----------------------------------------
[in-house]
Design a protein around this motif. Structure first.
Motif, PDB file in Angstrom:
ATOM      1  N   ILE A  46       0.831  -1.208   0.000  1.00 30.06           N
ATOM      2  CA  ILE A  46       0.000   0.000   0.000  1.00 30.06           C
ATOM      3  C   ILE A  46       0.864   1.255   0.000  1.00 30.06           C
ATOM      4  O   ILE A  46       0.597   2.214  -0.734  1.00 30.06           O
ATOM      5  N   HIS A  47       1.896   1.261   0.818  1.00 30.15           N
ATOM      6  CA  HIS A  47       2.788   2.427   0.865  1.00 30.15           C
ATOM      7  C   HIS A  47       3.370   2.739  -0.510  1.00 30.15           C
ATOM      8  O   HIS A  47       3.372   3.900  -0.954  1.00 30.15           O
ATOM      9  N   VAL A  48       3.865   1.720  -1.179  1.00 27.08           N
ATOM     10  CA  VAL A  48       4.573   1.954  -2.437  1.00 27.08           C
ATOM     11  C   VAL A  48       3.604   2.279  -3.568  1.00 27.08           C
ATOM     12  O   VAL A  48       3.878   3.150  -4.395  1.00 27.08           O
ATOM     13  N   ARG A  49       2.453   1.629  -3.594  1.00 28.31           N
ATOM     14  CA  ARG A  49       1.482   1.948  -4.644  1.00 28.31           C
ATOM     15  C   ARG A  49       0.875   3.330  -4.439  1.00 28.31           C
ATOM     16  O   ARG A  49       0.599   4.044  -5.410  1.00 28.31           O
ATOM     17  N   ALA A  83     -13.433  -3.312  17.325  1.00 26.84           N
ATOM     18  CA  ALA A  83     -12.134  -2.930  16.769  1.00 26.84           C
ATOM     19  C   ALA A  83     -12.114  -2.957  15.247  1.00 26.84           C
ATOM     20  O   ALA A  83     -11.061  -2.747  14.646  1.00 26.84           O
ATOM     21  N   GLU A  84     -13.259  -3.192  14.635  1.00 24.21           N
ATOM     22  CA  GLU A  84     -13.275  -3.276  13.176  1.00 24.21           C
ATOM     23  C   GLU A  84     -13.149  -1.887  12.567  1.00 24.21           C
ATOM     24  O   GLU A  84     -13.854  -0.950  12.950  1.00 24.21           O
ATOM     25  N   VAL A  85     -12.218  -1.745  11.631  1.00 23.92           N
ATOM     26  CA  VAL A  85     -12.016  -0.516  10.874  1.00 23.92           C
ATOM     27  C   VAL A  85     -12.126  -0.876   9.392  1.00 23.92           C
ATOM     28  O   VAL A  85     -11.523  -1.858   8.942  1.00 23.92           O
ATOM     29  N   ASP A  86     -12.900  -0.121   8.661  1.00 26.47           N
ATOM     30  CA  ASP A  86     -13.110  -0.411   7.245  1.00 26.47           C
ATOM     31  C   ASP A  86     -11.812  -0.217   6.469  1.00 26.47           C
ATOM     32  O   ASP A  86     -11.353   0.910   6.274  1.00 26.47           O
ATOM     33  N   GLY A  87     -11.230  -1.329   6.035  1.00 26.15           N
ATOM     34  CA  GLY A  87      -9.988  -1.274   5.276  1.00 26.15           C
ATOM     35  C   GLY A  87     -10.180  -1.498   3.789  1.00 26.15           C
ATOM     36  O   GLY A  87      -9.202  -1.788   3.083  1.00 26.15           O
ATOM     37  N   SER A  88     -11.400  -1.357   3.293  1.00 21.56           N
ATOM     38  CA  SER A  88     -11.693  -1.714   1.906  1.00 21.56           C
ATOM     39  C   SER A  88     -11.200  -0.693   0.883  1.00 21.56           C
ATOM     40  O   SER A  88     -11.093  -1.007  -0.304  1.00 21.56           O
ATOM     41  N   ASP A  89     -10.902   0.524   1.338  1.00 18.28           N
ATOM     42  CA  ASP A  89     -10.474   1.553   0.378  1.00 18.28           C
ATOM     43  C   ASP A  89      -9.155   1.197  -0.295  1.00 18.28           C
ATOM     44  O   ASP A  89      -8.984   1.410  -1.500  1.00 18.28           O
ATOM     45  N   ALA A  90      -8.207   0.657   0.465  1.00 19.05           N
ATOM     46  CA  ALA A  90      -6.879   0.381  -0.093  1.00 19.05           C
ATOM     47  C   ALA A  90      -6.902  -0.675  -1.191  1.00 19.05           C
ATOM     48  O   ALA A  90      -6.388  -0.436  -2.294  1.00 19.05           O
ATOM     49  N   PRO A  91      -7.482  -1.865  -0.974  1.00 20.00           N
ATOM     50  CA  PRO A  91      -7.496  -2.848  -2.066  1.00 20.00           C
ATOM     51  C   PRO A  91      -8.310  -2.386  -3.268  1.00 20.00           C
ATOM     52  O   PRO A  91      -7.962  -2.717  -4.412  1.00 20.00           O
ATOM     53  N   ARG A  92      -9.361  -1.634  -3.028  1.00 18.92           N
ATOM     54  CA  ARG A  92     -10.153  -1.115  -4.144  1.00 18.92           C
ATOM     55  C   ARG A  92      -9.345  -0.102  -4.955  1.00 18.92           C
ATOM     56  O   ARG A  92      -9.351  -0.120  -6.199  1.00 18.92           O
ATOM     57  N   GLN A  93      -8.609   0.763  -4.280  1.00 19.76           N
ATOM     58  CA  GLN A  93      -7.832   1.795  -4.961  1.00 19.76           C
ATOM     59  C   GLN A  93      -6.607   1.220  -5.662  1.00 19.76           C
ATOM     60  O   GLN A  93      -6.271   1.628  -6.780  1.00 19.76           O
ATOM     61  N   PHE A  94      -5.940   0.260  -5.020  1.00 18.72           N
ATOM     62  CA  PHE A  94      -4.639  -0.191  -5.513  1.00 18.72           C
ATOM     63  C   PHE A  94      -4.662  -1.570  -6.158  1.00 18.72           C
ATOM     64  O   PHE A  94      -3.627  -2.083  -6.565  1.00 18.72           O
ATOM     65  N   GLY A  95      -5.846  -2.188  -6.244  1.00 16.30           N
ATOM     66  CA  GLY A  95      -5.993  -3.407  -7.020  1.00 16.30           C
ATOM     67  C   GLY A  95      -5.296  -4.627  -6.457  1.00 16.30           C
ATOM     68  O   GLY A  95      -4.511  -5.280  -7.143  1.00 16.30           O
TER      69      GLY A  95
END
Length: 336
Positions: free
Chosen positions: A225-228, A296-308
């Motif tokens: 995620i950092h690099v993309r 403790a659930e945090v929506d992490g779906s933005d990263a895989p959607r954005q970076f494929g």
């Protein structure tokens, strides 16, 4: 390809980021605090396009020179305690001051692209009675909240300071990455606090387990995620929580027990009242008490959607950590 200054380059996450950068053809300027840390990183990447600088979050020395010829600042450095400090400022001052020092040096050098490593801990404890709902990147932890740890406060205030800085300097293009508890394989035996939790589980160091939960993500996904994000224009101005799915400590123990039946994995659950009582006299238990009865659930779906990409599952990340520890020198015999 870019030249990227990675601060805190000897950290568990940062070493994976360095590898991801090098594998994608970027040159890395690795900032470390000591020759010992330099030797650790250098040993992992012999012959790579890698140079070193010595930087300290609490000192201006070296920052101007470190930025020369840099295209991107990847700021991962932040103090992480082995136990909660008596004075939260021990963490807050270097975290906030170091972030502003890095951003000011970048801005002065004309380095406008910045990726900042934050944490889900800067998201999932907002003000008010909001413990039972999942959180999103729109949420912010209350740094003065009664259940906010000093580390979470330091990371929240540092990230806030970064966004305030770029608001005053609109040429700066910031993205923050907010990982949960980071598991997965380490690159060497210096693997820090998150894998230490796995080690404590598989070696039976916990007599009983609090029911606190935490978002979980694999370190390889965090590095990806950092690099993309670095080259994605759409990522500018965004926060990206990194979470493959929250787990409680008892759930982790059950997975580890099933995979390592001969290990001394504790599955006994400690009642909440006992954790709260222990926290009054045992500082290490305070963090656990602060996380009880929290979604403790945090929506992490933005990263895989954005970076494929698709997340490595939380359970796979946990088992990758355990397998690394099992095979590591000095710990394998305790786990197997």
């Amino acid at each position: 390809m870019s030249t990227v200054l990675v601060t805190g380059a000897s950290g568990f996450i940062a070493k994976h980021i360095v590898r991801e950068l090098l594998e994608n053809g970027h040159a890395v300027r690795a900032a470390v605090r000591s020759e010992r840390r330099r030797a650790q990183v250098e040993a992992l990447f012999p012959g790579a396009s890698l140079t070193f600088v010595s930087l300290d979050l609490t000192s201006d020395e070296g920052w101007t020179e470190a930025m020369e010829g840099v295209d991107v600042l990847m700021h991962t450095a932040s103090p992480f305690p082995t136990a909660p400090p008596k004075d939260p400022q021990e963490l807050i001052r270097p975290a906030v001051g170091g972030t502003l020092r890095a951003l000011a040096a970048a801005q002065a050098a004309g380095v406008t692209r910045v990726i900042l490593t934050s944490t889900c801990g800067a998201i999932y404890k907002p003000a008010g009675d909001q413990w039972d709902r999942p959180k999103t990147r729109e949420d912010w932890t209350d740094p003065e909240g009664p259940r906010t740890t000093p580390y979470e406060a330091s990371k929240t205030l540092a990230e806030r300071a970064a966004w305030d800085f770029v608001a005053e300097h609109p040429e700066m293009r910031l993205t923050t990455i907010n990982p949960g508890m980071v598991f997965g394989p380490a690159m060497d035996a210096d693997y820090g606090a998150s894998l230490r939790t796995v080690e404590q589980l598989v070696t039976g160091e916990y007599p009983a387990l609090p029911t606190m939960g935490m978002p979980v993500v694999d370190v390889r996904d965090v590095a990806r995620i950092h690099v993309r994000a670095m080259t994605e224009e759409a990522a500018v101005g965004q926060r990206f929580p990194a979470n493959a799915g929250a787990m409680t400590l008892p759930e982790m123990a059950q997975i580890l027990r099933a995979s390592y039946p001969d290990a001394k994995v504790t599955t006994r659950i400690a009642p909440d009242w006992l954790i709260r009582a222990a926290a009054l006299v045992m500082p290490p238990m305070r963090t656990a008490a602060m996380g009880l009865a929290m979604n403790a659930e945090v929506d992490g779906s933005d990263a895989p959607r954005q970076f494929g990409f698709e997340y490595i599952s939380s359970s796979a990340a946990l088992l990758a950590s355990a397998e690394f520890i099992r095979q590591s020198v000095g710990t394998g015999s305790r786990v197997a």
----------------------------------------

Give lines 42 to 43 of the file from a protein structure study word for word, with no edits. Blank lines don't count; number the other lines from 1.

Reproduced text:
ATOM     39  C   SER A  88     -11.200  -0.693   0.883  1.00 21.56           C
ATOM     40  O   SER A  88     -11.093  -1.007  -0.304  1.00 21.56           O